CunninghamG GMajorGeorge Glencairn Cunningham, b. 1862 ed. Wellington and Sandhurst and was gazetted to the D.C.L.I. in 1881; served in the Egyption War of 1882, including El Magfar, Tel-elMahuta, Kassassin where he was twice wounded (severely, gunshots to shoulder and thigh) and twice mentioned in despatches (L.G. 19 Sept. and 2 Nov. 1882) General Graham's despatch of 19, Sept. records ‘Two recent instances have come to my notice of men who, being painfully wounded early in the day, continued to do their duty until severely wounded later on. One on the 28th ultimo, was that of Lieutenant G.G. Cunningham, of the Cornwall Light Infantry' Medal; brevet of Major 15 Aug. 1889; 4th. class Mejidie and Khedives Star. He took part in the Nile Expedition 1884-85, with the River Column (clasp); served with the Egyption Army with the Sudan Field Force, 1887-89, including Sarras, Arguin (wounded for the third time) and Toski (mentioned in despatches, 6 Sept 1889, 4th. class Osmanieh, clasp. He commanded the Unyoro Expedition, 1895 (wounded for the fourth time, despatches and medal). In 1895 and 1896 he commanded the Nandi Expedition (mentioned in despatches and created D.S.O. L.G. 3 Nov. 1896 ‘for services in the Uganda Protectorate). He was personally decorated by the Queen at Windsor. He was A. Commissioner and Comandant of Troops, Uganda, 1895-96; served in the Niger-Sudan Campaign, 1897, as Second-in-Command; Expeditions to Egbon, Bida and Ilorin (mentioned in despatches, 11 June, 1897 ‘For services during the expedition, and particularly during the action of 26th and 27th January', Brevet of Lieut. Col. clasp). In the Sierra Leone Rising, 1898-99; in command and as O.C. Mendiland and Karene Columns and Protectorate Expedition (mentioned in despatches L.G. 29 Dec 1899; Brevet of Colonel 10 Jan. 1900; clasp). He served in the South African War 1899-1902, operations in Natal, 1899, and Orange Free State, Feb. to May 1900, including actions at Vet River (5 and 6 May) and Zand River, operations in Transvaal in May and June 1900, including actions near Johannesburg, Pretoria and Diamond Hill (horse wounded) and actions of Zilicat's Nek. (mentioned in despatches L.G. 16 April, 1901 and created C.B.). Ret. as Brig.-Gen. 1916, despatches L.G. 20/12/1918, C.B.E. L.G. 3/6/1919, Legion of Honour L.G. 11/7/1919. C.B. London Gazette 19 April 1901: ‘In recognition of services during the operations in South Africa.' C.B.E. London Gazette 3 June 1919: ‘For services rendered in connection with the War.' D.S.O. London Gazette 3 November 1896: ‘In recognition of services during the recent operations against slave-trading Arabs in the Central African Protectorate.' Note: On the 10 November 1896, The London Gazette published a correction, stating that Cunningham's D.S.O. was actually for operations in the Uganda Protectorate. Mention in Despatches London Gazette 19 September 1882 (Kassassin); 2 November 1882 (Egypt); 6 September 1889 (Toski); 11 June 1897 (Niger); 29 December 1899 (Sierra Leone); 16 April 1901 (South Africa); 20 December 1918 (France). Note: Cunningham was additionally ‘mentioned' for his services in the Unyoro Expedition of 1895 and in the Nandi Expedition of 1895-96, but neither of these were published in The London Gazette. Legion of Honour London Gazette 14 July 1919. George Glencairn Cunningham was born in Rangoon in July 1862, the second son of Major William Cunningham, Madras Staff Corps. Educated at Wellington College and at Sandhurst, young George was commissioned into the Duke of Cornwall's Light Infantry in October 1881. Quickly seeing action out in Egypt in the following year, where he was present with the 2nd Battalion at the engagements at El Magfar, Tel-el-Mahuta and Kassassin, Cunningham was severely wounded in the latter action by guns shots to the shoulder and thigh. Notwithstanding the first of these wounds, he fought on until felled by the second one, a display of dogged determination and courage that received appropriate recognition in Sir Garnet Wolseley's despatch of September 1882, written on the back of Major-General Graham's report from Kassassin: ‘The conduct of the soldiers of all arms was excellent, and many gallant deeds were done throughout the action. Two recent instances have come to my notice of men, who, being painfully wounded early in the day, continued to do their duty until severely wounded later on. One, on the 28th ultimo, was that of Lieutenant G. G. Cunningham, of the Duke of Cornwall's Light Infantry; and the other, on 25th ultimo, was that of Gunner Joseph Knowles, of N Brigade, A Battery, Royal Horse Artillery. As it is by soldier-like courage of this nature that the British Army has always maintained its high reputation, I have great pleasure in bringing these names to your notice.' A second ‘mention' followed in Sir Garnet's subsequent despatch which was published in The London Gazette on 2 November 1882, in addition to a 5th class Medjidie. Cunningham was back in action in the Gordon Relief Expedition 1884-85, when he accompanied the River Column, and in the operations of 1887-89 in the Sudan, where he was attached to the Egyptian Army with the Sudan Frontier Field Force and fought at Sarras, Arguin - where he was again wounded - and Toski. He was subsequently mentioned in despatches for good services at the latter action by Major-General F. Grenfell, and awarded a 4th class Osmanieh. Having been given the Brevet of Major towards the end of the Sudan operations, Cunningham transferred to the Sherwood Foresters in the summer of 1889. But this new regimental association was all but in name, for an opportunity of further active service beckoned in the form of attachment to the Uganda Rifles. And so it transpired, for between April and May 1895, he commanded the Unyoro Expedition, his force consisting of ‘6 companies of Sudanese (500 men), 20,000 Walanda, 2 Hotchkiss guns and 3 Maxim guns', with which he forced the Nile and defeated rebel chief Kaberega's army. In so doing, he collected another wound and another ‘mention', in addition to the Central Africa Medal. But greater reward was to follow, for in October of the same year, and still as a Major, he found himself leading the first ever expedition against the Nandi, the latter having pushed their luck too far by consistent raids on British caravans and the mail. With around 1000 men under his command, Cunningham fought at least one major action against the belligerent tribesmen. At one point some 500 Walandi charged to within 30 yards of Cunningham's Sudanese troops, but the superior fire power and discipline of the latter won the day, the enemy sustaining heavy loss. British casualties amounted to just 14 men. Cunningham was duly mentioned in despatches and awarded the DSO, receiving his insignia from the Queen at Windsor on 24 November 1896.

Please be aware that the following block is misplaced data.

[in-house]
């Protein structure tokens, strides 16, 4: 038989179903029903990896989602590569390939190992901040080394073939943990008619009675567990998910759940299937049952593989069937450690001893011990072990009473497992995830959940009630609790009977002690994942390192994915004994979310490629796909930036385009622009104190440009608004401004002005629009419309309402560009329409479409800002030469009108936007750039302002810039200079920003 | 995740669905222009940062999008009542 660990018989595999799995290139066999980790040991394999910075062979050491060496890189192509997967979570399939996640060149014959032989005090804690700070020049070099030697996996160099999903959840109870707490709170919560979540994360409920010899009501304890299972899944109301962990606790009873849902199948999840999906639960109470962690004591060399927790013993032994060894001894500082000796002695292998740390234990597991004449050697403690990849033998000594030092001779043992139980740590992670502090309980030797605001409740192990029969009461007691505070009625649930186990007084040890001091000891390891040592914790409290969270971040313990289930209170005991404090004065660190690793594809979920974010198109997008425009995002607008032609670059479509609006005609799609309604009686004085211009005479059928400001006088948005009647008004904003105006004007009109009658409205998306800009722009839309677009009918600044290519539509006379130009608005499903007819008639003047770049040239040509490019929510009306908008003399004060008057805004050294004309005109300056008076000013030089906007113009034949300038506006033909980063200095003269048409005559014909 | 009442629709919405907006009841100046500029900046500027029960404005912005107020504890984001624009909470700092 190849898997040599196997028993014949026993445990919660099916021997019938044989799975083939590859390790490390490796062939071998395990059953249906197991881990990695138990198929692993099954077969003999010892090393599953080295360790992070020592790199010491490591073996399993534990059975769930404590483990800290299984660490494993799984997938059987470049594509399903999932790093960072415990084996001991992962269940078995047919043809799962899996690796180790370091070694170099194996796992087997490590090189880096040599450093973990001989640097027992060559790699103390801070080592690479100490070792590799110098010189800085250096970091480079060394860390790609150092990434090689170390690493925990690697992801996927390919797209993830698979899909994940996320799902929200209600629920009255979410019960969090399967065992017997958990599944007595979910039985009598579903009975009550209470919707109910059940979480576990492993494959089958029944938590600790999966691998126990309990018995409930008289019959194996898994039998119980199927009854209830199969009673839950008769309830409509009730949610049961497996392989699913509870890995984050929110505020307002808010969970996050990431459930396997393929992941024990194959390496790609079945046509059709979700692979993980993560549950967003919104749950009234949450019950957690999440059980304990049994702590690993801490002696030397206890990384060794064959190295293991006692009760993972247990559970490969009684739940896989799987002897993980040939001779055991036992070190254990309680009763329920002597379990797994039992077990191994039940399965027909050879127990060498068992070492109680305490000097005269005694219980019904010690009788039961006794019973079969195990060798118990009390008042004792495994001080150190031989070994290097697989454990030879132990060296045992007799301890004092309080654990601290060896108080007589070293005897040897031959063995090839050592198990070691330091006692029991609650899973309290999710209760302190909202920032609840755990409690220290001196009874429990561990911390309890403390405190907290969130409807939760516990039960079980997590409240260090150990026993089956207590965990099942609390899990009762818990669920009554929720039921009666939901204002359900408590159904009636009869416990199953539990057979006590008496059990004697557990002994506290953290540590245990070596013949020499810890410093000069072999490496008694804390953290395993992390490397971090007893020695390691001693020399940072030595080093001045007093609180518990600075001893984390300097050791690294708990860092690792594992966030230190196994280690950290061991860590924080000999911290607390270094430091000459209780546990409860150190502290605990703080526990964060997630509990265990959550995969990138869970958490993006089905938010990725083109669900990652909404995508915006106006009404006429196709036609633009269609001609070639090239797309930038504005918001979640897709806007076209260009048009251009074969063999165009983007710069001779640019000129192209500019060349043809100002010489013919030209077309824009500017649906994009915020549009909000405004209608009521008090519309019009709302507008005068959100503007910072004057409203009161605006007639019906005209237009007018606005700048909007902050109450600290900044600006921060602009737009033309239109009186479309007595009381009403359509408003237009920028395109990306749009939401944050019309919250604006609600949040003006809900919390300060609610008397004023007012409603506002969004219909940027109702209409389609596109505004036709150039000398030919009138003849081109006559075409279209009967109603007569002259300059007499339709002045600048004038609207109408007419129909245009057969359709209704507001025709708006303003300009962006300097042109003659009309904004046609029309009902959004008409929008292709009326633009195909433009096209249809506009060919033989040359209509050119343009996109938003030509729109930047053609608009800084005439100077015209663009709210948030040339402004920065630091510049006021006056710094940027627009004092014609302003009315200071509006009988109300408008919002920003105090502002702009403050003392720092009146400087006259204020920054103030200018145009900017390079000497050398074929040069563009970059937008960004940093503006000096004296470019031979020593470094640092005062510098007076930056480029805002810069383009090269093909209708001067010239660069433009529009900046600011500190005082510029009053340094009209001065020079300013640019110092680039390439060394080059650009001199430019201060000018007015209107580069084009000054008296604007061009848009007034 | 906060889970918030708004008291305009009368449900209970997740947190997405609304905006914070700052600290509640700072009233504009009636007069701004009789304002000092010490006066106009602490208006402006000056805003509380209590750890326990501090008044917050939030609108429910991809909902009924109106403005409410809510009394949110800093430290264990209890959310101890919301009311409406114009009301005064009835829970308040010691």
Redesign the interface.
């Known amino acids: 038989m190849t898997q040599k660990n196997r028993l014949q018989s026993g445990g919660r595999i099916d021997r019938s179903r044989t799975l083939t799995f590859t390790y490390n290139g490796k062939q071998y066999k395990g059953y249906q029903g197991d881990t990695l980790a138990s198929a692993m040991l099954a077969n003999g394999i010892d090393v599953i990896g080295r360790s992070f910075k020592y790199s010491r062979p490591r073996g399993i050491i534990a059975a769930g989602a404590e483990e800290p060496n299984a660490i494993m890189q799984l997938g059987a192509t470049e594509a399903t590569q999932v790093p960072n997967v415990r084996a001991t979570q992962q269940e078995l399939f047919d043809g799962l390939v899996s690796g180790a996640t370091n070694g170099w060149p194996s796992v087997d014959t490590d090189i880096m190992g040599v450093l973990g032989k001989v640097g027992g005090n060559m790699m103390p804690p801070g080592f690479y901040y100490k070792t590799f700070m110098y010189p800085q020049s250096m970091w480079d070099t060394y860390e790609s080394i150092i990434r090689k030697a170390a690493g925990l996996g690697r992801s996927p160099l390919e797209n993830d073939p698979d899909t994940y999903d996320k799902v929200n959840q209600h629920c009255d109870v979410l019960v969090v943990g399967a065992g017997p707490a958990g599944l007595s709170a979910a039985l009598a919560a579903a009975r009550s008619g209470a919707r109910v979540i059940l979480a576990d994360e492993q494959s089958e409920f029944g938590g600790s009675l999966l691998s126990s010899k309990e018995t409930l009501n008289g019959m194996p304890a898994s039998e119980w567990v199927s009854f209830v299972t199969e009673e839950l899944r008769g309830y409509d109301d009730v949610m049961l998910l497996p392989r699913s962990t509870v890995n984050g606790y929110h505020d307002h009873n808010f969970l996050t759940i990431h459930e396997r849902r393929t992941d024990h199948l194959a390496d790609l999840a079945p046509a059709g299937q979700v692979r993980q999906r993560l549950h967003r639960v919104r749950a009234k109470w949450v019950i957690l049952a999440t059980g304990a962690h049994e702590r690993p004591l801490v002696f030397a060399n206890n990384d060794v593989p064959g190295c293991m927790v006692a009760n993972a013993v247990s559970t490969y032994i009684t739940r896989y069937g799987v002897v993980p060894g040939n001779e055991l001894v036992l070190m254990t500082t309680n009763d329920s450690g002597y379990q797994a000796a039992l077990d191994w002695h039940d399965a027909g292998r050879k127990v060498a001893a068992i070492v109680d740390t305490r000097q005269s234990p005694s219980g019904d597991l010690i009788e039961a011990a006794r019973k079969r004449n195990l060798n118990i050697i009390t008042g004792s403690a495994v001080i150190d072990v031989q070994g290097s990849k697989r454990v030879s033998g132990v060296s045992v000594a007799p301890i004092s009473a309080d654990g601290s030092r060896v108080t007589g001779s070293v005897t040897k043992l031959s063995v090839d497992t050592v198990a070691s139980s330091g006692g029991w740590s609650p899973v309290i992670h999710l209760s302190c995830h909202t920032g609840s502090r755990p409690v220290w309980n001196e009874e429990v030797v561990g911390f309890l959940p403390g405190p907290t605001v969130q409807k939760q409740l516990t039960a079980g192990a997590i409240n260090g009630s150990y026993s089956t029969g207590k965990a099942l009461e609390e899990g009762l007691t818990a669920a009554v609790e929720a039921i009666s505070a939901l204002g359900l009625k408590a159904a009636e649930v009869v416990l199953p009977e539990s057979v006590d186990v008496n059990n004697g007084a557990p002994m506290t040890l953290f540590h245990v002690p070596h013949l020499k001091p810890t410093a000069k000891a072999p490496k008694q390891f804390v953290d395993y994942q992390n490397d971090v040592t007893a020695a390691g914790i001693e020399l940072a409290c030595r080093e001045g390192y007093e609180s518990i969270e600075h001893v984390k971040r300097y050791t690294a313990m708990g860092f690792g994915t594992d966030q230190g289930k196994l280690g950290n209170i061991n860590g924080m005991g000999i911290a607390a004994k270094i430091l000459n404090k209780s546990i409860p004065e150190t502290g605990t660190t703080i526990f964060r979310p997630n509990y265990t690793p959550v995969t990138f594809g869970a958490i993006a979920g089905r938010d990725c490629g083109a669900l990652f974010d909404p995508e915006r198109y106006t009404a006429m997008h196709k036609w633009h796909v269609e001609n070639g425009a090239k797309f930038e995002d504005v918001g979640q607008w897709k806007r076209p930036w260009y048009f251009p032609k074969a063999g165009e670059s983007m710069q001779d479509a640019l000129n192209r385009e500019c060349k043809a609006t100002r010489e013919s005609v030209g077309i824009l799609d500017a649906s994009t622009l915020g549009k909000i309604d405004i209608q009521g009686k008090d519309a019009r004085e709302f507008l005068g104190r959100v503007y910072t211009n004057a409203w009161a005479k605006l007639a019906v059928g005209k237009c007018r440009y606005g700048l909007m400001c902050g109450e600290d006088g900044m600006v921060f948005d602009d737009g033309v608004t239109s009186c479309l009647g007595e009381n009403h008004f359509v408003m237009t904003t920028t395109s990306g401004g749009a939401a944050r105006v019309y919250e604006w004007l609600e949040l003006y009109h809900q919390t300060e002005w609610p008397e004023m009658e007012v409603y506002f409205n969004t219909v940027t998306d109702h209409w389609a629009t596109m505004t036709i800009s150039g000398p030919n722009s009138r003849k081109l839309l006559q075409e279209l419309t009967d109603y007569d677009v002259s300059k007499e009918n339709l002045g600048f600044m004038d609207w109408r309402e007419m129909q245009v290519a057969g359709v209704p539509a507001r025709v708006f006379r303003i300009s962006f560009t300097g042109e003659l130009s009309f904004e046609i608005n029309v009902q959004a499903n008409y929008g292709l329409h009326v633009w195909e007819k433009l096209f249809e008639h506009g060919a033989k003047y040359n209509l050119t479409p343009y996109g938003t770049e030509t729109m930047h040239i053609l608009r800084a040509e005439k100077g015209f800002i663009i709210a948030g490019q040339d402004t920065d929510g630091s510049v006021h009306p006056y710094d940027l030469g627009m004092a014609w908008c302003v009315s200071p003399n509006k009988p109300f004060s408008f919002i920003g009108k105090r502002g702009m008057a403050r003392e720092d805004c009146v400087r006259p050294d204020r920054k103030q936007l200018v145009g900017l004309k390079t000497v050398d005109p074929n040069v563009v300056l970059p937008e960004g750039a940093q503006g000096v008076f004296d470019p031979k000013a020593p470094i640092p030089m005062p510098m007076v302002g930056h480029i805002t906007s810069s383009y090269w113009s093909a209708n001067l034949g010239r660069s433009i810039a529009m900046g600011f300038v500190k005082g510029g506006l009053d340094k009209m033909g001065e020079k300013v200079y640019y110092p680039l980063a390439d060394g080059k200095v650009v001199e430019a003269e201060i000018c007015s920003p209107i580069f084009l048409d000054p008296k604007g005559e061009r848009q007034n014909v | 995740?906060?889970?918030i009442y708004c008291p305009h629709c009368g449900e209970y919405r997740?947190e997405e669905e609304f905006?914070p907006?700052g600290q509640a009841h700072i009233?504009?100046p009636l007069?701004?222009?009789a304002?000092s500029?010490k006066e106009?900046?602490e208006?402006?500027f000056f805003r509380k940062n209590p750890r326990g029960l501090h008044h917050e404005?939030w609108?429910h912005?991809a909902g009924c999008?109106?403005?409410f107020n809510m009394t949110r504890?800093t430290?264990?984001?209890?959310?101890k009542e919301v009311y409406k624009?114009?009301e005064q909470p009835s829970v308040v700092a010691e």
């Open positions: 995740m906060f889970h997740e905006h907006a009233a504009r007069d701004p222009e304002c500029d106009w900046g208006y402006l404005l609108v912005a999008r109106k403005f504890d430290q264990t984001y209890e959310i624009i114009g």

CB (m) b/b, CBE (1st, mil) (LG 3 Jun 19), DSO VRI (LG 3 Nov 96), Egypt (2) The Nile, Toski (Lt 2/DCLI), Central Africa, ring suspender (Maj Derby Regt), E&W Africa (2) Niger 1897, Sierra Leone (Major DSO Derby Regt), Niger Company Medal (1) Nigeria 86-97 (Lt Col DSO Derby Regt), QSA (4) CC OFS Joh DH (Brig Gen CB DSO Staff), KSA (2) (Brig Gen CB DSO Staff), BWM, VM (Brig Gen), France, Legion of Honneur, Commander, Turkey, Order of Osmanieh, 4th Class, Turkey, Order of Medjidie, 5th Class. DNW Jul 03 £8,500. Liverpool. Nov 03. £14k.
Source: List of CB recipients. Various sources
(Sherwood Foresters) Derbyshire Regiment
CurteisW FLieutenant ColonelList of CB recipients. Various sourcesCheshire Regiment
CustanceF HLieutenant ColonelList of CB recipients. Various sourcesNorfolk Regiment